We analyzed transgenic animals to determine if Bub1DN expression induces overt thymic or T-cell phenotypes. Thymocyte counts from young animals showed no difference between transgenic animals and controls. However, 3- to 6-month-old transgenic animals displayed a modest reduction in total thymocytes (Fig. (Fig.2A).2A). Flow cytometry analyses demonstrated that thymocyte subsets were not significantly different between transgenic and nontransgenic littermates at the ages of 2.5 (Fig. (Fig.2B)2B) and 6.5 (data not shown) months. Similarly, no significant differences were observed in B- and T-cell percentages found in spleen and lymph node samples (Fig. (Fig.2B).2B). These data indicate that overexpression of the Bub1DN fragment does not cause overt disruption of T-cell development but does cause modest reductions in thymocyte numbers as animals age.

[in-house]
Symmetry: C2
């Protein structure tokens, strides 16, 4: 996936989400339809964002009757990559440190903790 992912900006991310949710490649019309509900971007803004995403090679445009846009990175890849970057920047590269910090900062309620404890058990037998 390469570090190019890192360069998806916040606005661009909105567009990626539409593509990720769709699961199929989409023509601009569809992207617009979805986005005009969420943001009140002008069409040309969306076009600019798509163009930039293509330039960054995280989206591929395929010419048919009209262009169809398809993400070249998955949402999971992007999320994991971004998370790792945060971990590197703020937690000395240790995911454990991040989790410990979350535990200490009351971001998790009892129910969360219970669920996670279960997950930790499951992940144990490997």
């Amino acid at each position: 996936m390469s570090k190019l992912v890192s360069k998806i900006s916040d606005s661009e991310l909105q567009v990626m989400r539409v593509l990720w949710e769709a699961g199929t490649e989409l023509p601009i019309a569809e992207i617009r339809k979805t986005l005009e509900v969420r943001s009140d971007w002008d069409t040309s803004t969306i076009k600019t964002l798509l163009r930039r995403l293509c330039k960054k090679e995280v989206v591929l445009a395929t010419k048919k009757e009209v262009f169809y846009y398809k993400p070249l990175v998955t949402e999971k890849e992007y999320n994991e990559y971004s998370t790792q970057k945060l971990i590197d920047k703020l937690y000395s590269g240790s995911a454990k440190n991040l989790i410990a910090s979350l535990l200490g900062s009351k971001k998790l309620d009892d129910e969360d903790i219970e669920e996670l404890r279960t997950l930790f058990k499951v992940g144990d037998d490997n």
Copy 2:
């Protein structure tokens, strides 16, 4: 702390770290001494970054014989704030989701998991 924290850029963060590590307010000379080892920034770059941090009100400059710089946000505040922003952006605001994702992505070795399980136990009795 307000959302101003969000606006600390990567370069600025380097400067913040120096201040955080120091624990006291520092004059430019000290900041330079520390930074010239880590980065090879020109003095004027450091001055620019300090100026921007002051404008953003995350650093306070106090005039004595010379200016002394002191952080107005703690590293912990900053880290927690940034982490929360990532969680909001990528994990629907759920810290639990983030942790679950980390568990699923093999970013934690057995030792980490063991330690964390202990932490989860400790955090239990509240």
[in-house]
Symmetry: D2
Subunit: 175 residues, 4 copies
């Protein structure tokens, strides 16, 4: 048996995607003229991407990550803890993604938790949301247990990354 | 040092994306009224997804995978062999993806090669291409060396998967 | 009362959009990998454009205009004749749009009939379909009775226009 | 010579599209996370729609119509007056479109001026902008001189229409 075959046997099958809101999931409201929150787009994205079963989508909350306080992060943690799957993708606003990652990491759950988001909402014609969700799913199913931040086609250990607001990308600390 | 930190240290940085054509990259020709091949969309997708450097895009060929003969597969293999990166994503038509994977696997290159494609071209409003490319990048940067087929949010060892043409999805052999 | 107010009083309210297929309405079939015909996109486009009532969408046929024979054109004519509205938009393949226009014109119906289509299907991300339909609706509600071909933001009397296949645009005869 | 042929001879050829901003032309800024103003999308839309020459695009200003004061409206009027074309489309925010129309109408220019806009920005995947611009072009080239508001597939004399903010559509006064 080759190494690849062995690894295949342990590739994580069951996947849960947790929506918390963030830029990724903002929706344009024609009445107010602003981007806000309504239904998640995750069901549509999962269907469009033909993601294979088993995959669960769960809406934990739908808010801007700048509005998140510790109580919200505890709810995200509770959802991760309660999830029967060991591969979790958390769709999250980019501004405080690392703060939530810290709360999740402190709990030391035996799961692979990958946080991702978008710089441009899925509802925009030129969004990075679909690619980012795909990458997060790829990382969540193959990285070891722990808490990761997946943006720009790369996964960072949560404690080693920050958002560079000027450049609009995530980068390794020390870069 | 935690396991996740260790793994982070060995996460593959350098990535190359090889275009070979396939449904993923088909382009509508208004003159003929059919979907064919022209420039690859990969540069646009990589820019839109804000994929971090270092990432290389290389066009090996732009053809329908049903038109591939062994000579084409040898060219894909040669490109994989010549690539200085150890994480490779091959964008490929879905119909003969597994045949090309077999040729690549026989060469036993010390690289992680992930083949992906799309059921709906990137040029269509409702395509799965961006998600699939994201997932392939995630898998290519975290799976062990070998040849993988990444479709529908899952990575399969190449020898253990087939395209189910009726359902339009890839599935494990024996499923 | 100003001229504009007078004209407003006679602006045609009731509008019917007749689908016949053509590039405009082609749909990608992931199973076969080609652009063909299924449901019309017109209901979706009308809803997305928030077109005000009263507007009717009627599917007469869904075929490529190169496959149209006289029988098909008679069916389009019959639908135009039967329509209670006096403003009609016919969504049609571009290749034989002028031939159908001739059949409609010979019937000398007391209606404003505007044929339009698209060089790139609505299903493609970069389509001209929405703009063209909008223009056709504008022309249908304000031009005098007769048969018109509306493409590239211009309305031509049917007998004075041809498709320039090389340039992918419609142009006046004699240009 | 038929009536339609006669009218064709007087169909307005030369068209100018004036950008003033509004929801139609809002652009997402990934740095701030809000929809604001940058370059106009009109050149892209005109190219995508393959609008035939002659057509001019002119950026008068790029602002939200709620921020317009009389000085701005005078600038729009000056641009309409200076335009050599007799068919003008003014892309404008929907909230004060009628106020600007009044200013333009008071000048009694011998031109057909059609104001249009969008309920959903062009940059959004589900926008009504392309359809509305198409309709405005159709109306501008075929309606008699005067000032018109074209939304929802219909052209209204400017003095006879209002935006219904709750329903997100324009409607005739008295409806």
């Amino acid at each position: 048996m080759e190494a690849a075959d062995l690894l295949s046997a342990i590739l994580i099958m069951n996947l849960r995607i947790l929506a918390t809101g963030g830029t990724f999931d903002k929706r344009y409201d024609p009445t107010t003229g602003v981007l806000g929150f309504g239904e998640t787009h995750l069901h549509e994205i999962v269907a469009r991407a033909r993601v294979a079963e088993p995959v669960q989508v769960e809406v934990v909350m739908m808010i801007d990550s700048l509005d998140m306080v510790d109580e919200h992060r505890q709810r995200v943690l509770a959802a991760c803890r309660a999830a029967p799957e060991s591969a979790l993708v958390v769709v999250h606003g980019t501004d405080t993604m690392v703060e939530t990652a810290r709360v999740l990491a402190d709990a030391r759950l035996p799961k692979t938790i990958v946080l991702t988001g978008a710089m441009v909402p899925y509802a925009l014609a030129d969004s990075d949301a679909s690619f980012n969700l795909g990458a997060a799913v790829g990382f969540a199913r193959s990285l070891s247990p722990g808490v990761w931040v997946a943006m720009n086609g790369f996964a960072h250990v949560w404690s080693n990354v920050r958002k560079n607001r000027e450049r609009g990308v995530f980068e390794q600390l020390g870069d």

While the Bub1DN transgenic animals did not display dramatic T-cell phenotypes, it remained possible that spindle checkpoint impairment occurred in these animals. If so, transgenic thymocytes should display reduced mitotic accumulation upon treatment with the spindle inhibitor nocodazole. To test this hypothesis, thymocytes were cultured in vitro with IL-1α and IL-2, and mitotic indices were compared for mock-treated versus nocodazole-treated (8-h) samples. Importantly, IL-1α and IL-2 promoted robust proliferation while retaining Bub1DN expression (Fig. (Fig.3A).3A). In two separate experiments, mitotic indices increased 5- to 10-fold in nocodazole-treated samples. Surprisingly, thymocytes from LBDN+ animals did not show any reduction in mitotic arrest relative to that in nontransgenic controls (Fig. (Fig.3B).3B). These data indicate that the spindle checkpoint is intact in LBDN+ thymocytes, despite the observation that Bub1DN protein is highly expressed.